“Each part will have its challenges and I like that because if you’re trying to solve a problem you’re fully engaged” – Ian McKellen
Sir Ian McKellen is an immense talent, with a wealth of experience. In a professional acting career that has spanned over fifty years, McKellen has turned his hand to an array of different roles, from Macbeth, to Gandalf, to the X-Men’s Magneto.
In a recent Reddit AMA, McKellen took time to answer a variety of questions, drawing on his many years of work and giving readers a great insight into how he works.
In the past, McKellen has spoken candidly about the use of CGI and green-screen technology in film making, stating that it has a tendency to interfere with actor’s ability to create chemistry. Despite having been involved in a lot of films using these methods, when asked his thoughts in the AMA, McKellen revealed a fascinating fact about filming Lord of the Rings:
“Wherever possible, the actors should be in the same space and able to look at each other. The fact is, I was never allowed to look Elijah Wood in the eyes. Nor Martin Freeman. In order to create the illusion of different heights. Not easy.”
Not easy at all, and quite an alien concept to those of us who are used to acting on stage, where creating chemistry with your co-stars is of utmost importance. McKellen is always trying to improve in his work, which is evident in his work. Even so, he says he wishes he could turn in performances along the lines of those he admires.
“I wish I could act in front of the camera as say, Meryl Streep or Dustin Hoffman. Each part will have its challenges and I like that because if you’re trying to solve a problem you’re fully engaged. I think in Mr. Holmes I do every so often a sort of acting I admire in others. But I’ve never met an actor who thought he was any good, really. But we are perhaps the last people to judge our own performances.”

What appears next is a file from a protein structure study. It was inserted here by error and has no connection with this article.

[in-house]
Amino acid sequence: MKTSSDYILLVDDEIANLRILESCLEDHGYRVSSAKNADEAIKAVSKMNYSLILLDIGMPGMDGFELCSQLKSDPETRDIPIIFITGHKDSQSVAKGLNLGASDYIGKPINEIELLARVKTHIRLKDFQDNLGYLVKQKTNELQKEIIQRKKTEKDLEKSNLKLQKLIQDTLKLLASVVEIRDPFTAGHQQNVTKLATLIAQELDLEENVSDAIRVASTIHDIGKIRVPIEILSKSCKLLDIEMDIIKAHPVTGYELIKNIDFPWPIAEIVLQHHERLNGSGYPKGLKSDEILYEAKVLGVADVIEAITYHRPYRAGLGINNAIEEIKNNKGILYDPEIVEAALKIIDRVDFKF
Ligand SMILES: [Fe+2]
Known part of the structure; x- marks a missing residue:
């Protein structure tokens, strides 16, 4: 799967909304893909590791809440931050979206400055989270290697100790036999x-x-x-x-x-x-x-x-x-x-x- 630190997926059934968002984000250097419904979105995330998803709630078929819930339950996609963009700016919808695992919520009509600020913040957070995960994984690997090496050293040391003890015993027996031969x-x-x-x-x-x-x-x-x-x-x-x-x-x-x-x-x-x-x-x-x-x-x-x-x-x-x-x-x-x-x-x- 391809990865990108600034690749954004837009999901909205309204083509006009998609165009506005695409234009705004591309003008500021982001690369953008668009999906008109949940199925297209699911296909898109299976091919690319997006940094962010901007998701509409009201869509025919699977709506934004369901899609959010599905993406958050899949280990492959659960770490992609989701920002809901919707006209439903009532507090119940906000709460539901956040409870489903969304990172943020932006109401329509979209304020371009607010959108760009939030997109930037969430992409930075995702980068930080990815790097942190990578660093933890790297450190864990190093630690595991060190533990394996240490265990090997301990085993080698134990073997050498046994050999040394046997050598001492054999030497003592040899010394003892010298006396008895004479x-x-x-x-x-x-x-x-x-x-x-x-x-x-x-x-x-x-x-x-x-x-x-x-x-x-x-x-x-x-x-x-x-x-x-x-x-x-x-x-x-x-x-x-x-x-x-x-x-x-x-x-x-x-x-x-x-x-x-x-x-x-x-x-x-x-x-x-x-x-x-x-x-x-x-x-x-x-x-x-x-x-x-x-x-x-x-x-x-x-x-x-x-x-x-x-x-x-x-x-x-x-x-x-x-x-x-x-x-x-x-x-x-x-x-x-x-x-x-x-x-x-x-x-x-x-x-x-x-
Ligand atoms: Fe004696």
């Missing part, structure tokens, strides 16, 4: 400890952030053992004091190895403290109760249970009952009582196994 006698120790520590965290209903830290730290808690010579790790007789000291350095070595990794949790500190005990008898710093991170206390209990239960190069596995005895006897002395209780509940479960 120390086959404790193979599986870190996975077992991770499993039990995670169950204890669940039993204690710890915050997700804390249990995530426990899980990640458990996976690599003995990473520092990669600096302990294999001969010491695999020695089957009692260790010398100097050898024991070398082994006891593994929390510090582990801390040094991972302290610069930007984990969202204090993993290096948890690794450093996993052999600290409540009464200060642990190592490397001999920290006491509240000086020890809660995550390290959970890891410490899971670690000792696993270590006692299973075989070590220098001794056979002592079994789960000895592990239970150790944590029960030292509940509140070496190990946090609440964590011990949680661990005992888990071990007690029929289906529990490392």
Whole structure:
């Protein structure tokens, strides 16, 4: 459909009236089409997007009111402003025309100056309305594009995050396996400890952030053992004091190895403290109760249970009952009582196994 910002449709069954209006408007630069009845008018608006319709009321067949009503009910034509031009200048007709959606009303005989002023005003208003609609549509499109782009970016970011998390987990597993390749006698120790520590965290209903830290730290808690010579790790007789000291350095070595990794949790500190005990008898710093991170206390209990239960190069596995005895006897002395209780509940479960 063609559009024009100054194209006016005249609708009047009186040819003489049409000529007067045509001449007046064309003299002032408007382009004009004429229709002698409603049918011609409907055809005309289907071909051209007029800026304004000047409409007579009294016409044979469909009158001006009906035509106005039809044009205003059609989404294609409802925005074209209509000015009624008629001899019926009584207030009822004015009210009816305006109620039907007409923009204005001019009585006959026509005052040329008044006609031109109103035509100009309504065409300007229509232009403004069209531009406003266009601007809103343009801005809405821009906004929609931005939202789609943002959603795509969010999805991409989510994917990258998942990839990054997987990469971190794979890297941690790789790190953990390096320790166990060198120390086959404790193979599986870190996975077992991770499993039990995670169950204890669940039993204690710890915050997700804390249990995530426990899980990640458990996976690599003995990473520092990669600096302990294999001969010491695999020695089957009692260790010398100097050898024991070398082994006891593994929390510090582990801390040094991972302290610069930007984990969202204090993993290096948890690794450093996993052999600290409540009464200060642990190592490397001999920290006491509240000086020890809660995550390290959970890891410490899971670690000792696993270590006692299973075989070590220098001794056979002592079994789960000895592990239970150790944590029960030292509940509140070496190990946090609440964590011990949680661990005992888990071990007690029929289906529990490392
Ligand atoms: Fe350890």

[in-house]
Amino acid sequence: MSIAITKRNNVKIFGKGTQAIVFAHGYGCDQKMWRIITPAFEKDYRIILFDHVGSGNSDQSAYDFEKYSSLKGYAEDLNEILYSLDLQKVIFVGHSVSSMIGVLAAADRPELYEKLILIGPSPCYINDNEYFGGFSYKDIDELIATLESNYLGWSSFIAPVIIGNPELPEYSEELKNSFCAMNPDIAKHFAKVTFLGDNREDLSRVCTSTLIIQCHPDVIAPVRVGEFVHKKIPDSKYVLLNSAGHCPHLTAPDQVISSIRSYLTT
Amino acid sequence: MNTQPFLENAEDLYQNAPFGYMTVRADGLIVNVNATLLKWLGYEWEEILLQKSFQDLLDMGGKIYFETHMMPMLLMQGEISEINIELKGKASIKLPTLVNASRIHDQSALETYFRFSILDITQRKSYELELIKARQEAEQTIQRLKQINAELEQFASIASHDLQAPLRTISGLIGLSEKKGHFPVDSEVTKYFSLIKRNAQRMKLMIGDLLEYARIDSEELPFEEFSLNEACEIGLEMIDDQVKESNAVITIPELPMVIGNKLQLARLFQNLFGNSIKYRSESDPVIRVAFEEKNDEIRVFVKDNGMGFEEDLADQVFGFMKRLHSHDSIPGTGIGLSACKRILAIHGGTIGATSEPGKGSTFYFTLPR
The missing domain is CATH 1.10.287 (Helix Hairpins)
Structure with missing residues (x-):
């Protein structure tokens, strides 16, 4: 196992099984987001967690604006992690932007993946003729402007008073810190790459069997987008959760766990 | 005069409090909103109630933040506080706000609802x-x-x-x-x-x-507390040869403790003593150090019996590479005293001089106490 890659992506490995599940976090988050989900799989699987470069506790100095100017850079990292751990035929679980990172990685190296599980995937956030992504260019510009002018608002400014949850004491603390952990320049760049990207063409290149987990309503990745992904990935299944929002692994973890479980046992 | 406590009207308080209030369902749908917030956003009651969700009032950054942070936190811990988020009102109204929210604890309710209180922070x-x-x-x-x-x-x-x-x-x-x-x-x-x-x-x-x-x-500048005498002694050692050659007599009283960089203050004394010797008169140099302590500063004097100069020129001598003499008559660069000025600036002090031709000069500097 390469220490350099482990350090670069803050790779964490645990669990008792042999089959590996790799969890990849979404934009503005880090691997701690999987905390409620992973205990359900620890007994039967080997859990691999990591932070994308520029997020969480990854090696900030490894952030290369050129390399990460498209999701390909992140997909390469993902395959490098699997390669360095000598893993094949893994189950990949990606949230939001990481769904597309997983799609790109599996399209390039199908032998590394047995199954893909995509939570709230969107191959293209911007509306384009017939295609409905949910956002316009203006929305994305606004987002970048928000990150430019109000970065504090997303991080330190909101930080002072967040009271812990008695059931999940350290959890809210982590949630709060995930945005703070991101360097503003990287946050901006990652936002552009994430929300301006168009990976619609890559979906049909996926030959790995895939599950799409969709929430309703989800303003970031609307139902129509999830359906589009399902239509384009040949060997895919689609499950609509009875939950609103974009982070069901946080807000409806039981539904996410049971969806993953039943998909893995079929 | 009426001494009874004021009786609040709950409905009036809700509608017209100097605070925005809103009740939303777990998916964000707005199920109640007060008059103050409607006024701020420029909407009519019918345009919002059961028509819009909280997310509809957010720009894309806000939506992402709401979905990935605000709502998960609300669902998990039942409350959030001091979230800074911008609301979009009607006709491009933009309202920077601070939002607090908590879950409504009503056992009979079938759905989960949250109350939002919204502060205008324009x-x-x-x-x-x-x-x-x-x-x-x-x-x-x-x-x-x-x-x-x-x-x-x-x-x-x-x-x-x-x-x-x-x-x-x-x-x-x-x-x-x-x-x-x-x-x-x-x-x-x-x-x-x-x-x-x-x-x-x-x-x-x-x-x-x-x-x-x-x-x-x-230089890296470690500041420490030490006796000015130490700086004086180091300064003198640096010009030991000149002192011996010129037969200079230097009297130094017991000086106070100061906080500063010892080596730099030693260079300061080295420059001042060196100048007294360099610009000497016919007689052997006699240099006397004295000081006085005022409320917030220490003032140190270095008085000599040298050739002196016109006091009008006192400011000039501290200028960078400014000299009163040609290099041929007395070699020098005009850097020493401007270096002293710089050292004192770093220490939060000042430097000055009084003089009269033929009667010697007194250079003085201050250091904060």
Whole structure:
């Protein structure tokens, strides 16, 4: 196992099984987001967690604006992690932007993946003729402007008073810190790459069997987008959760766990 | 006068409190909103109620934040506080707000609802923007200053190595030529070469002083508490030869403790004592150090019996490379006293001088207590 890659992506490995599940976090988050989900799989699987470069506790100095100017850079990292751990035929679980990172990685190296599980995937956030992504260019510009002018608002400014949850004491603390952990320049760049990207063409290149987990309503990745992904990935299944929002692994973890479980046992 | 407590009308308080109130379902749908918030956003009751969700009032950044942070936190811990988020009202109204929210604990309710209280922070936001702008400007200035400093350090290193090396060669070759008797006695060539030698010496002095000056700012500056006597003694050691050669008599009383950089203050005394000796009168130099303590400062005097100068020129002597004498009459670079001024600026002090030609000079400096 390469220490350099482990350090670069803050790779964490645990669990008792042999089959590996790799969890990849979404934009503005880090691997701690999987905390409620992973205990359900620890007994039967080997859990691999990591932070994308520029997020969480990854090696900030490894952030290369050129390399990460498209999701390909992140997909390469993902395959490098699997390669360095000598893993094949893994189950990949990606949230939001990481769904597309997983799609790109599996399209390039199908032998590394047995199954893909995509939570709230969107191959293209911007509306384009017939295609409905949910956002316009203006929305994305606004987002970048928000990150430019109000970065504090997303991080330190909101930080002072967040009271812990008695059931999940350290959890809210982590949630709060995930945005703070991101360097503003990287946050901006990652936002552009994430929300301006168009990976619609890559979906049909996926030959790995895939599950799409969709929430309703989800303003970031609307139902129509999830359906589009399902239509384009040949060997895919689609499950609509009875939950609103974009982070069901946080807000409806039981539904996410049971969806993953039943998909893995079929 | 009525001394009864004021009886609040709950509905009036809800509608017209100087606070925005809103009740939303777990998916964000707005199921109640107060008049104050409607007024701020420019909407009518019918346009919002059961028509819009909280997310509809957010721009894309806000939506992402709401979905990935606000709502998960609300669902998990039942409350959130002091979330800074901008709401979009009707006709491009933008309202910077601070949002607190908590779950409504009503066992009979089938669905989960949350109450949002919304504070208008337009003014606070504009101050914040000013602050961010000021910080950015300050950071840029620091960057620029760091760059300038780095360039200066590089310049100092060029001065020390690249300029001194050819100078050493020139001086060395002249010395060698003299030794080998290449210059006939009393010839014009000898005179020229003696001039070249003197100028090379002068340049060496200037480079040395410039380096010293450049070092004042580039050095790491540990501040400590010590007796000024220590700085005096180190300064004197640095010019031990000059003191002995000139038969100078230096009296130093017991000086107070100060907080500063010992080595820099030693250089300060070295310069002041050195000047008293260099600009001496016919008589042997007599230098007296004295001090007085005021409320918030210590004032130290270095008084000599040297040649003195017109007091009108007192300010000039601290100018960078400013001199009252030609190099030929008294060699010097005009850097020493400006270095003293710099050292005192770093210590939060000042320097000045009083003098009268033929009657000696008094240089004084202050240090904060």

McKellen’s stage career has certainly been much admired, and though he might not think he’s any good, there are many out there who would seek to possess even half of his talent.
“There’s usually for me a moment of despair for every part I play,” McKellen reveals. “Worrying that I will ever convince myself that I inhabit the character. The worst case of that was Wild Honey, based on Anton Chekov’s first play. I tried to leave the production at the dress rehearsal. It’s one of the biggest successes I ever had at the National Theatre in London. So, what do I know?”
At 76, McKellen shows no signs of slowing, and when asked if there was one character he would like to play before retiring, McKellen had his answer ready.
“Perhaps Antonio, in The Merchant of Venice, because he is one of the very few obviously gay characters in Shakespeare.”
He also revealed he doesn’t hold with the usual actor’s superstitions either, when asked if he has a problem saying the name of The Scottish Play.
“No. Macbeth! [shout it loudly]was a lucky play for me, as I was in a wonderful production with amazing cast. But I am careful not to mention the play, or quote it, in the dressing room as other actors can get nervous.”
As ever, McKellen proved entertaining, witty and informative in his answers, and once again proved how humble he remains, despite his talent and amazing career. When asked if being knighted had any perks, he responded as follows: “Not really. There’s no money involved. You get a medal. And a lot of respect I suppose. The one slight problem is that sometimes the title gets in the way. Particularly backstage or on set when I much prefer not to have it used.”